This blog generates a lot of email. I try my best, but I can’t always answer it all. Often I will receive an email that I don’t have time to answer that very moment, but as I continue with my day I will mentally compose a reply, usually a great reply. Later I will embarrassingly realize that I never sent the answer.
Last night I received an email that was one sentence long: why do you like Pre-Raphaelite art?
I sat there for a moment looking at my screen, dumbfounded because I did not know what to say. How is it possible that I could not answer this one simple question? It’s a question that dives straight to the point, forgoing all discussion of the usual topics of Pre-Raphaelite subject matter or artists or models. That question leaps past my interest in Elizabeth Siddal, it hurdles over my thoughts on the artists’ lives. The question isn’t technically even about the art, it’s about me. It’s just bare bones: why do I like it.
I thought that the best way to answer the question would be to think about my first exposure to Pre-Raphaelite art. What prompted the early gut reaction that told me “I love this. This is for me.” What resonates with me? At it’s simplest form, what draws me to this art? And I had my answer.
It’s a very simple answer to a very simple question. It is also the answer that I think explains everything about who I am as a person. It sums me up completely:
I love stories.
That’s it. It’s why I’ve been such a voracious reader all of my life. It’s why I enjoy all kinds of movies, from silent films to the golden years of the Hollywood studios to the current modern day box office. It’s also the source of my love for classical music. As a child, I used to listen to it with my eyes closed and making up sagas to accompany every crescendo. That later led to an enjoyment of opera, the ultimate in musical storytelling. Give me Maria Callas any day, a true diva before our modern use of the word came to mean something different and, well, less. Is it all really about the books and the movies or the music? No, the underlying kernel of everything that captures my interest is that I want a good tale.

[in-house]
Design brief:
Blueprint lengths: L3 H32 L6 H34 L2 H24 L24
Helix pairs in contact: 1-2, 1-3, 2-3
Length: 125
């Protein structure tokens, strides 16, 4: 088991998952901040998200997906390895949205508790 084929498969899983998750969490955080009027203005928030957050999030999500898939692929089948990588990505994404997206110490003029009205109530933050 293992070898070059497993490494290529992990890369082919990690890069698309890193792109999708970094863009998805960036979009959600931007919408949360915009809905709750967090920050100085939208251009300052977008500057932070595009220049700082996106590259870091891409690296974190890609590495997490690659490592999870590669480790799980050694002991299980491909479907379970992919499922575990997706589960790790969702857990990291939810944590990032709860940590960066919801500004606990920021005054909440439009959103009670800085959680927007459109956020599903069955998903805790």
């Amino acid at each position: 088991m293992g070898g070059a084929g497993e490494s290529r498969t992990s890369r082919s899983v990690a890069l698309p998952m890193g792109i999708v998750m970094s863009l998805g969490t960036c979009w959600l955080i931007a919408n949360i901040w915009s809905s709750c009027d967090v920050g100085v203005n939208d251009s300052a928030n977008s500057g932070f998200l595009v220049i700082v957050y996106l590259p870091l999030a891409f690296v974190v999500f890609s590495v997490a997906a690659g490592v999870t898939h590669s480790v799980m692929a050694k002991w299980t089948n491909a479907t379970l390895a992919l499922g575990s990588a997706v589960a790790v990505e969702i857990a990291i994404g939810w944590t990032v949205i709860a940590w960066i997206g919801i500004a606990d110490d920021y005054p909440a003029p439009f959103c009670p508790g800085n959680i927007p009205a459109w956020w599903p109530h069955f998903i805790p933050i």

My first introductions to the Pre-Raphaelites were through the characters they portrayed: the Lady of Shalott, Ophelia, Proserpine, and figures from Shakespeare and Arthurian legend. They explored the myths and literature that I already had a taste for and they wrapped them up in symbolism and an aesthetic that appealed to me. Then I became interested in the stories behind the paintings and the personal lives of the artists.
I know that there are those who don’t like Pre-Raphaelite works and dismiss them as mawkish Victorian art. To which I shrug and say that may be true from their perspective. For me, though, it’s been a constant source of ideas to ponder. It’s given me themes to explore, biographies to wade through, and time lines to try to piece together. I obsessively pursue these artists who through their work and their own pursuits have given me what I consider the best thing in the world: a good story.